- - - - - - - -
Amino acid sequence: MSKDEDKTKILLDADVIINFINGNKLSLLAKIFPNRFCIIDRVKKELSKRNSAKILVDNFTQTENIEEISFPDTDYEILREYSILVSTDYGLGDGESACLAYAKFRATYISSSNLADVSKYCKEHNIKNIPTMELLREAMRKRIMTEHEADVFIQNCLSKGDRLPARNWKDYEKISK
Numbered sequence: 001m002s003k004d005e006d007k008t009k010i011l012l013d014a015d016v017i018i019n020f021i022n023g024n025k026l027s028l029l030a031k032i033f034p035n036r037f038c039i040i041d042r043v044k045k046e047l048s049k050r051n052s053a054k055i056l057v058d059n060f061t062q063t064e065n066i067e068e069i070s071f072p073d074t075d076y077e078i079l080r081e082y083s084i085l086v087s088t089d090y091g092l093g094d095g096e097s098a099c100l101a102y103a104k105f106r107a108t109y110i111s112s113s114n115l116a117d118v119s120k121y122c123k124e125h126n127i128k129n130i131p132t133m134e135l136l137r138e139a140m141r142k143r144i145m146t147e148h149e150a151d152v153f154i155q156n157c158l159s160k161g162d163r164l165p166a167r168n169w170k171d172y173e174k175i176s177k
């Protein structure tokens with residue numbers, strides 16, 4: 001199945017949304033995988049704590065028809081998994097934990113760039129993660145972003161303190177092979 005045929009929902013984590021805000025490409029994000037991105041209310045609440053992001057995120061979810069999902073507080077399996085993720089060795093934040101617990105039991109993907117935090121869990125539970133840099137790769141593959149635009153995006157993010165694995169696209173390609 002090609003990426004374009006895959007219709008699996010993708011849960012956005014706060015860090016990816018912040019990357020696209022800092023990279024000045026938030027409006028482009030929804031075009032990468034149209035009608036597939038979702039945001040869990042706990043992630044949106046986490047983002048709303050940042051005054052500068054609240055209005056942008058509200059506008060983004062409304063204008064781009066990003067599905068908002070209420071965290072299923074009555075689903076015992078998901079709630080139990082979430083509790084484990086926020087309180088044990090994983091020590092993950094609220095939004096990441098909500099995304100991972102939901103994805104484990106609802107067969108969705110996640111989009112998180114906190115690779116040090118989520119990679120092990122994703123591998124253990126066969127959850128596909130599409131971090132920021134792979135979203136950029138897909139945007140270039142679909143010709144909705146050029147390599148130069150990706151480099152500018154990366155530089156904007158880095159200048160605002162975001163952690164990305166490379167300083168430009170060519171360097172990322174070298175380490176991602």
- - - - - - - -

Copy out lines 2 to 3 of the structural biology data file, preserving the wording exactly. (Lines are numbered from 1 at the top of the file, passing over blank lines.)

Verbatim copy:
Numbered sequence: 001m002s003k004d005e006d007k008t009k010i011l012l013d014a015d016v017i018i019n020f021i022n023g024n025k026l027s028l029l030a031k032i033f034p035n036r037f038c039i040i041d042r043v044k045k046e047l048s049k050r051n052s053a054k055i056l057v058d059n060f061t062q063t064e065n066i067e068e069i070s071f072p073d074t075d076y077e078i079l080r081e082y083s084i085l086v087s088t089d090y091g092l093g094d095g096e097s098a099c100l101a102y103a104k105f106r107a108t109y110i111s112s113s114n115l116a117d118v119s120k121y122c123k124e125h126n127i128k129n130i131p132t133m134e135l136l137r138e139a140m141r142k143r144i145m146t147e148h149e150a151d152v153f154i155q156n157c158l159s160k161g162d163r164l165p166a167r168n169w170k171d172y173e174k175i176s177k
């Protein structure tokens with residue numbers, strides 16, 4: 001199945017949304033995988049704590065028809081998994097934990113760039129993660145972003161303190177092979 005045929009929902013984590021805000025490409029994000037991105041209310045609440053992001057995120061979810069999902073507080077399996085993720089060795093934040101617990105039991109993907117935090121869990125539970133840099137790769141593959149635009153995006157993010165694995169696209173390609 002090609003990426004374009006895959007219709008699996010993708011849960012956005014706060015860090016990816018912040019990357020696209022800092023990279024000045026938030027409006028482009030929804031075009032990468034149209035009608036597939038979702039945001040869990042706990043992630044949106046986490047983002048709303050940042051005054052500068054609240055209005056942008058509200059506008060983004062409304063204008064781009066990003067599905068908002070209420071965290072299923074009555075689903076015992078998901079709630080139990082979430083509790084484990086926020087309180088044990090994983091020590092993950094609220095939004096990441098909500099995304100991972102939901103994805104484990106609802107067969108969705110996640111989009112998180114906190115690779116040090118989520119990679120092990122994703123591998124253990126066969127959850128596909130599409131971090132920021134792979135979203136950029138897909139945007140270039142679909143010709144909705146050029147390599148130069150990706151480099152500018154990366155530089156904007158880095159200048160605002162975001163952690164990305166490379167300083168430009170060519171360097172990322174070298175380490176991602």